by Jerome a Paris (etg@eurotrib.com) on Fri Dec 2nd, 2011 at 05:36:19 PM EST
[ Parent ]
I was referring to floating platforms which can also be used to support wavebob or other water turbines - which would dampen the yaw of the platform - with the above surface element used to support a wind turbine.  I'm not suggesting trying to balance production at a platform level - merely suggesting that if you have a floating platform already built, you might as well use it both above and below the waterline. Of course you may be right in suggesting a mixed load of wind and wave stresses could require a stronger platform that would be more expensive to build.

Index of Frank's Diaries
by Frank Schnittger (mail Frankschnittger at hot male dotty communists) on Fri Dec 2nd, 2011 at 08:14:55 PM EST
[ Parent ]
Ah Jerome, you marvel. I keep trying to find a succinct formulation, to refute all the nonsense about having to balance at the level of one turbine, one wind farm, one technology. And there you've done it in one beautiful paragraph. These words I'll treasure and propagate, with credit where credit's due:

The best place to do a mix of technologies is the grid itself - it is completely inefficient to try to have each producer be a perfectly balanced supplier - better to do the fine tuning of the system at the system-level, where all the individual movements are blended and blunted, and the adaptation effort can be smaller, in aggregate. Jerome a Paris, 2011

by LondonAnalytics (Andrew Smith) on Sun Dec 4th, 2011 at 04:43:04 AM EST
[ Parent ]
At, I believe an ARPA-E event, one of the companies was a developing of 'bag' storage -- inflating bags at the bottom of the ocean when there is excess energy to provide stabilization of power supplies. Can't, at the moment, recall the company (have their material somewhere ...).  Clearly, this is something that could be associated with offshore wind facilities. Now, that would be dual use of cables, no?

Blogging regularly at Get Energy Smart. NOW!!!
by a siegel (siegeadATgmailIGNORETHISdotPLEASEcom) on Thu Dec 8th, 2011 at 08:02:19 AM EST
[ Parent ]

Photos from the-party-to-be-at-EWEA-Offshore here. How many ETers can you find?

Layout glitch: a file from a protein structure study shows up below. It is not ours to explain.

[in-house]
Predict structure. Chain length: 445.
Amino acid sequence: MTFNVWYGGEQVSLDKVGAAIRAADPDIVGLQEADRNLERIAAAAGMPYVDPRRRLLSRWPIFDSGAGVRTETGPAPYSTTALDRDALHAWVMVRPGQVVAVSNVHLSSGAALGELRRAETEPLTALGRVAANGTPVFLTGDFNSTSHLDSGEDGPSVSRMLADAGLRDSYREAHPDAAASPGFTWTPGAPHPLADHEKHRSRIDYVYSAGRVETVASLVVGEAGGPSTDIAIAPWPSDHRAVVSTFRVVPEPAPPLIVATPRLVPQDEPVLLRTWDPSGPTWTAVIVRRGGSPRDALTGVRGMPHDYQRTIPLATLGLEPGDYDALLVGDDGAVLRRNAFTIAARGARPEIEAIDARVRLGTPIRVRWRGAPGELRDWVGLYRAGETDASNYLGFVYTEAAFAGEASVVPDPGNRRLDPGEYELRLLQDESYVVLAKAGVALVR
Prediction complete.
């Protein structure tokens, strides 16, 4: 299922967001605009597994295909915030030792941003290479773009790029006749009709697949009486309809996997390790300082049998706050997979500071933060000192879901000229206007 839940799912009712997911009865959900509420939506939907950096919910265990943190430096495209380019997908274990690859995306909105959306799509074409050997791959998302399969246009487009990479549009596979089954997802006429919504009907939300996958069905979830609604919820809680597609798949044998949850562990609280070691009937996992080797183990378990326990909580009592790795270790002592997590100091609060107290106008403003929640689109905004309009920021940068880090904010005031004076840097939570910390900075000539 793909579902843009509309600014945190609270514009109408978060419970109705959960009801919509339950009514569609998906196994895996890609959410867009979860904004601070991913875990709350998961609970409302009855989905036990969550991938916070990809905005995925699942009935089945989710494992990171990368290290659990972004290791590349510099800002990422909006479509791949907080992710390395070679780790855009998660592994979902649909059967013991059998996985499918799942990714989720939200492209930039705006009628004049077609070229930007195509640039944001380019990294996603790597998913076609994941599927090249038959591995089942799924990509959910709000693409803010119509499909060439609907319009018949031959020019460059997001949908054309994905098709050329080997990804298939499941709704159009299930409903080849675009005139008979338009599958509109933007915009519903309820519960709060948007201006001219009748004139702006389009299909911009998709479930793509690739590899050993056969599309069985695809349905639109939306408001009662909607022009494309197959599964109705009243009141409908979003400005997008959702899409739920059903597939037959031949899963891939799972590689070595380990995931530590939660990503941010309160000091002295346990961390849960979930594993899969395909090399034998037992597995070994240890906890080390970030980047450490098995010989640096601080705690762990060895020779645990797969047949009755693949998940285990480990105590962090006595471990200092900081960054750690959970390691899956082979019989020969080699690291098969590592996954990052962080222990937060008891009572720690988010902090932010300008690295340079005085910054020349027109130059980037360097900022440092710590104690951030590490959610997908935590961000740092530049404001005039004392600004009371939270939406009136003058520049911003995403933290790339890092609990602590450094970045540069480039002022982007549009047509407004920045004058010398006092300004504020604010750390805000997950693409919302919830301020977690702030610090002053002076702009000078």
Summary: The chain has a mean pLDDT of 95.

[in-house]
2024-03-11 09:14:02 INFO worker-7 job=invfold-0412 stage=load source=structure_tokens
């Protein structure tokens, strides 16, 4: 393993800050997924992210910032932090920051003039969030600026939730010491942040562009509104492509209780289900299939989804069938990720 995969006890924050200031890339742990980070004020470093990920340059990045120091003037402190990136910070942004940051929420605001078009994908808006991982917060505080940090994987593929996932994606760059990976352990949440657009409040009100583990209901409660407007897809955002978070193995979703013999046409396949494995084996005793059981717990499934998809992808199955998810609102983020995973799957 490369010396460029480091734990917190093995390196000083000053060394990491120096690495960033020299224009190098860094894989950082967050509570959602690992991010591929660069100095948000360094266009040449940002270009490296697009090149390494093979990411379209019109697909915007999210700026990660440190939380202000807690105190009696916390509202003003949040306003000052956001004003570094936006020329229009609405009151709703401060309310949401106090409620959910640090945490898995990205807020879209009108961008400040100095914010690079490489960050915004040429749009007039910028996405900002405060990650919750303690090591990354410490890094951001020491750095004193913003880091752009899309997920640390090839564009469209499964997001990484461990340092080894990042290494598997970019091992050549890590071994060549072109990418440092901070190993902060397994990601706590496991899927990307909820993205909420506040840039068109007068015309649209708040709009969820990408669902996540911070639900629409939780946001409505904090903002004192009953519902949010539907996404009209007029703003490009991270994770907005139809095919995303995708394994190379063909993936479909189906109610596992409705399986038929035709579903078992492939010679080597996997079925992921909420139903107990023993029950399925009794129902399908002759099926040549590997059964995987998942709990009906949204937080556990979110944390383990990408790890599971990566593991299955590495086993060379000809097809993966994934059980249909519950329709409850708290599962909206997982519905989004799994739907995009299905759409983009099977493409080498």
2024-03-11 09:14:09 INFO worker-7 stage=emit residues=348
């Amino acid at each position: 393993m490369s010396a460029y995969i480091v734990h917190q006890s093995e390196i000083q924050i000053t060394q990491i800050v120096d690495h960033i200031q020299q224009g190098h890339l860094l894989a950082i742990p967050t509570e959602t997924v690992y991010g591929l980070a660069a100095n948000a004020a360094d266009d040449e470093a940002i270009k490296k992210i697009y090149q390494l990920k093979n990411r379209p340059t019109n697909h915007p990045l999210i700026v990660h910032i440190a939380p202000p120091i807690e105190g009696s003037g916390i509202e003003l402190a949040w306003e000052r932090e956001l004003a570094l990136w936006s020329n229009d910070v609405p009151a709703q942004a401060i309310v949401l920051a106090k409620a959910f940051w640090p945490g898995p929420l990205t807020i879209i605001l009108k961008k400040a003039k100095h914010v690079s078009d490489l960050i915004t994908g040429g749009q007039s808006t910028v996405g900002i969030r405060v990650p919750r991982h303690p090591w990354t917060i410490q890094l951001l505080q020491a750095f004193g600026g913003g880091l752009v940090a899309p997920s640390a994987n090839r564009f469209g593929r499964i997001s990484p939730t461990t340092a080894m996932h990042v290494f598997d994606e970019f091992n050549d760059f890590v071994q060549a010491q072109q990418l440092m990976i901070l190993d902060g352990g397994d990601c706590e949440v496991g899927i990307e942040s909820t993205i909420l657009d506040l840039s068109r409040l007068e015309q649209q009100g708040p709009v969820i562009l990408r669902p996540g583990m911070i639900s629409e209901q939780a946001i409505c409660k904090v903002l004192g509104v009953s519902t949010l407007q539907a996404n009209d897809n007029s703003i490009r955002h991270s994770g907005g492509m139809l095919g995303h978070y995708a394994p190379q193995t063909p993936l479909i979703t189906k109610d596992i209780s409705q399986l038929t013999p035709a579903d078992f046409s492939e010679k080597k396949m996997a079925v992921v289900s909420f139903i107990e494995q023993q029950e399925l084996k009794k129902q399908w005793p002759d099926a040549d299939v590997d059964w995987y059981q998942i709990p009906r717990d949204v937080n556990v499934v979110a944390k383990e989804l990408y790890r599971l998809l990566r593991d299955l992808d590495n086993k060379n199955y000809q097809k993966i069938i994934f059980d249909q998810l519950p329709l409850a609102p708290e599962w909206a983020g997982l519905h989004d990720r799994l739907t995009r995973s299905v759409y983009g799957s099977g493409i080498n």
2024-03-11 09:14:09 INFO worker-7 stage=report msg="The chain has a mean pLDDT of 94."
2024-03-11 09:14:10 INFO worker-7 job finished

It was fun to have people (including senior lawyers and people carrying the name of their not-small corporations) impressed that we could get so many top people from the industry at an event, despite being only 18-months old (and there being 3 competing parties the same evening).

It was even better to have all these people notice that (i) it is possible to have fun at a corporate party, with people staying willingly at the event long beyond the polite-hour (the zoo staff had to kick out the last visitors at 3am or so), and (ii) networking is actually easier when you invite people who are genuinely happy to see each other - and don't have to prove they belong.

Wind power

by Jerome a Paris (etg@eurotrib.com) on Fri Dec 2nd, 2011 at 05:32:09 PM EST
any giraffes left over ? :-))

keep to the Fen Causeway
by Helen (lareinagal at yahoo dot co dot uk) on Sat Dec 3rd, 2011 at 06:45:00 AM EST
[ Parent ]
Gerry was left behind the next day.

It's inhuman, all that greenwashing.

by afew (afew(a in a circle)eurotrib_dot_com) on Sat Dec 3rd, 2011 at 09:12:51 AM EST
[ Parent ]
yes, plenty. You'll need to come to Paris to get them, though.

Wind power
by Jerome a Paris (etg@eurotrib.com) on Sat Dec 3rd, 2011 at 09:51:20 AM EST
[ Parent ]
When do we get the "Green giraffe handout" meetup ? :)

Un roi sans divertissement est un homme plein de misères
by linca (antonin POINT lucas AROBASE gmail.com) on Sat Dec 3rd, 2011 at 11:51:23 AM EST
[ Parent ]
Feel free to organize it :)

Wind power
by Jerome a Paris (etg@eurotrib.com) on Sat Dec 3rd, 2011 at 12:22:47 PM EST
[ Parent ]
Well, I only recognise your good self and CH, but I couldn't help but notice the not-very-green gas heating you had in the tent. Tut tut ;-))